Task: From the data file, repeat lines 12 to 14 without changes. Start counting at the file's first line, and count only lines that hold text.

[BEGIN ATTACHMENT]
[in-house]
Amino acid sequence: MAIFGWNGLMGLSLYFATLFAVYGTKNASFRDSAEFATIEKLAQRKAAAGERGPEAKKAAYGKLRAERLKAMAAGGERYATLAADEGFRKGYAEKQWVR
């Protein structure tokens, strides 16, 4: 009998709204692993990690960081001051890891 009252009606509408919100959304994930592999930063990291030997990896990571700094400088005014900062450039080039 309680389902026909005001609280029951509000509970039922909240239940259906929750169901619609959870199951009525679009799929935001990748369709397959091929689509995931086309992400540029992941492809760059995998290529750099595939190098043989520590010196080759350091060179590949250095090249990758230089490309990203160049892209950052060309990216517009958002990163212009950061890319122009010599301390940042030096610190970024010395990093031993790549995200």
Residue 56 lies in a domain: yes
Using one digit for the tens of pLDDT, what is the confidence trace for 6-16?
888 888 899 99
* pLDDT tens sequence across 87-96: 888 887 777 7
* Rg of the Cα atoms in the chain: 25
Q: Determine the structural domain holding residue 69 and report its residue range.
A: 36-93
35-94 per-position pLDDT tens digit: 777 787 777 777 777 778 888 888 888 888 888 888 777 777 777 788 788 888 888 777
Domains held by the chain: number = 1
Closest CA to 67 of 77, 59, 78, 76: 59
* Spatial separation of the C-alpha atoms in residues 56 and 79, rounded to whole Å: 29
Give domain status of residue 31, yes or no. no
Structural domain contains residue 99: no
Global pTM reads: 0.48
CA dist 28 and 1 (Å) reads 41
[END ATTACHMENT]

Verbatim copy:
Domains held by the chain: number = 1
Closest CA to 67 of 77, 59, 78, 76: 59
* Spatial separation of the C-alpha atoms in residues 56 and 79, rounded to whole Å: 29